Wednesday, June 22, 2011

How American nuclear submarine came close to 'catastrophe' during fatal incident off Devon - 22nd June 2011

A U.S. nuclear submarine came within feet of running aground as it left Plymouth naval base, a report has found.

The drama unfolded as the USS Minneapolis-St Paul entered rough seas and tried to take evasive action resulting in five crewmen being swept overboard, two of whom died.

Chief Petty Officer Thomas Higgins and Petty Officer Michael Holtz were attached to the submarine with safety lines and had been helping the habour pilot to disembark when the submarine changed direction.

They died as they were repeatedly pounded 'like rag dolls' against the hull by the force of 20ft waves. The three other crew members were later rescued.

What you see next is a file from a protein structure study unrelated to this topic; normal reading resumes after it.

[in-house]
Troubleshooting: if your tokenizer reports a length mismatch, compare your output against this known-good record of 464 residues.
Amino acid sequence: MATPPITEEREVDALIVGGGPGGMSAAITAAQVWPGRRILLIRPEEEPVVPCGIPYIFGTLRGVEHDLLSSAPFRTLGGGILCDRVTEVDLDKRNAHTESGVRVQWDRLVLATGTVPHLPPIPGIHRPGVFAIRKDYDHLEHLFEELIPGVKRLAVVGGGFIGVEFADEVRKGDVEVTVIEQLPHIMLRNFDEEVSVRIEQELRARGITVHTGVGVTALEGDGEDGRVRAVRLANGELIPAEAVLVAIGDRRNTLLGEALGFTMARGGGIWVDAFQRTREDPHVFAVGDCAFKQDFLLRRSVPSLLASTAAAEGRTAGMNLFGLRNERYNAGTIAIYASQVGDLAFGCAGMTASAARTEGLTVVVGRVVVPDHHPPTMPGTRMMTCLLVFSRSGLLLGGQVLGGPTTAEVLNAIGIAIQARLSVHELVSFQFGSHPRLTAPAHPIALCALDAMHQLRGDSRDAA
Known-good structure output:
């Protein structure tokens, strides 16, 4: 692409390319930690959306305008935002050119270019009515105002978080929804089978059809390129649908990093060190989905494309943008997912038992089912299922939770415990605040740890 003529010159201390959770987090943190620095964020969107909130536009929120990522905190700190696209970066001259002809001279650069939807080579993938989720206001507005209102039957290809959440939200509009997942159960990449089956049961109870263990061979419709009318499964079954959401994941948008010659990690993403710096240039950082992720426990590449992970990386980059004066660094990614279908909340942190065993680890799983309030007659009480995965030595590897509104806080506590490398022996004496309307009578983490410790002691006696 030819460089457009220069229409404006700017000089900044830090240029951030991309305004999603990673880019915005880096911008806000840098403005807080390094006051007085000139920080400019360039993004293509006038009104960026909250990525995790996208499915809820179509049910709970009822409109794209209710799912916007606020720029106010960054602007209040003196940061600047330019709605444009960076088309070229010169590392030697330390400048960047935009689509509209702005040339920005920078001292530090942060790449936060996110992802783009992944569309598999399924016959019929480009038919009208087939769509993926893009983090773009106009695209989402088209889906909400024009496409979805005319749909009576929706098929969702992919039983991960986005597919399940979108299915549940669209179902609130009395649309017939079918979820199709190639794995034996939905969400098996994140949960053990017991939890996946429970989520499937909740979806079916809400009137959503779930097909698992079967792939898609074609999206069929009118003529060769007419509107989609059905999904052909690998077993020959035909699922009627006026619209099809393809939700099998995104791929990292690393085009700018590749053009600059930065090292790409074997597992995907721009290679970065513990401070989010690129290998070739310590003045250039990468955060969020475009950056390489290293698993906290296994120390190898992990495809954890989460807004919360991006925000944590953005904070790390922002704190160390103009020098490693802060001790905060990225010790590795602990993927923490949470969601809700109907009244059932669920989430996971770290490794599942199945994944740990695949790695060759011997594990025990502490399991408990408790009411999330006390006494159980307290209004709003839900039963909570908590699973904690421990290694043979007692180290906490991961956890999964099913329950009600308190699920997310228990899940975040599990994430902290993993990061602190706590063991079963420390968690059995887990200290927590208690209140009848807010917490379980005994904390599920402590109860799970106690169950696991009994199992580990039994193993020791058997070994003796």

The 2007 Royal Navy report into the incident, released this week under the Freedom of Information Act, said that the 110m-long, 6,000 ton vessel, 'came within less than her own length' of hitting rocks and becoming stuck with 'catastrophic consequences' as she turned to get back into protected waters.

The report said that the incident, which came as the Devonport harbour pilot was trying to disembark the submarine, was largely the fault of the vessel's commanding officer Commander Edwin Ruff.

But it also criticised a lax safety culture at the naval base, the largest in Western Europe, including failing to heed warnings after a similar but non-fatal accident involving British submarine HMS Sovereign the previous February. Read More